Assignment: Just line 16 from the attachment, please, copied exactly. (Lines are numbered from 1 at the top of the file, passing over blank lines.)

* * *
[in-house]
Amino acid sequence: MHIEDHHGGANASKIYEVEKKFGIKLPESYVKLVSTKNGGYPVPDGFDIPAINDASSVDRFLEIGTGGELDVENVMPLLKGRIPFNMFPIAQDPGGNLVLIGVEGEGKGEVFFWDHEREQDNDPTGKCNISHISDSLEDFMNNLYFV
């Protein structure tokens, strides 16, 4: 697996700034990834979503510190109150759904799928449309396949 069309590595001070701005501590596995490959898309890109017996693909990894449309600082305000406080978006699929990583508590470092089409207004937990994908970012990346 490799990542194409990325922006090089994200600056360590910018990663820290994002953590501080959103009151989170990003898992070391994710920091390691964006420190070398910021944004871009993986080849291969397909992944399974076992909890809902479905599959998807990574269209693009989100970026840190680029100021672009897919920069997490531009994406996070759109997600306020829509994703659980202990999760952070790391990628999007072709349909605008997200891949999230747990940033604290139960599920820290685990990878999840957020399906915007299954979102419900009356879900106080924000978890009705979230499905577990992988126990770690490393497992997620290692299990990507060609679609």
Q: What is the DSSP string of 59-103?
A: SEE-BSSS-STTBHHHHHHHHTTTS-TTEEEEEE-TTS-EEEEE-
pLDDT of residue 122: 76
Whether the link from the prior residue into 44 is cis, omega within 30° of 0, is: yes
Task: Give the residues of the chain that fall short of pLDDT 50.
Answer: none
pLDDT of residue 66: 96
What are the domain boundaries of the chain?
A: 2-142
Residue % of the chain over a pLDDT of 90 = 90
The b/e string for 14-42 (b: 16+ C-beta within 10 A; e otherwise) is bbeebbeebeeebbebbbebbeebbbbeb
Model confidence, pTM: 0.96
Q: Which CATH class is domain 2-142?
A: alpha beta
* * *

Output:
Q: Which CATH class is domain 2-142?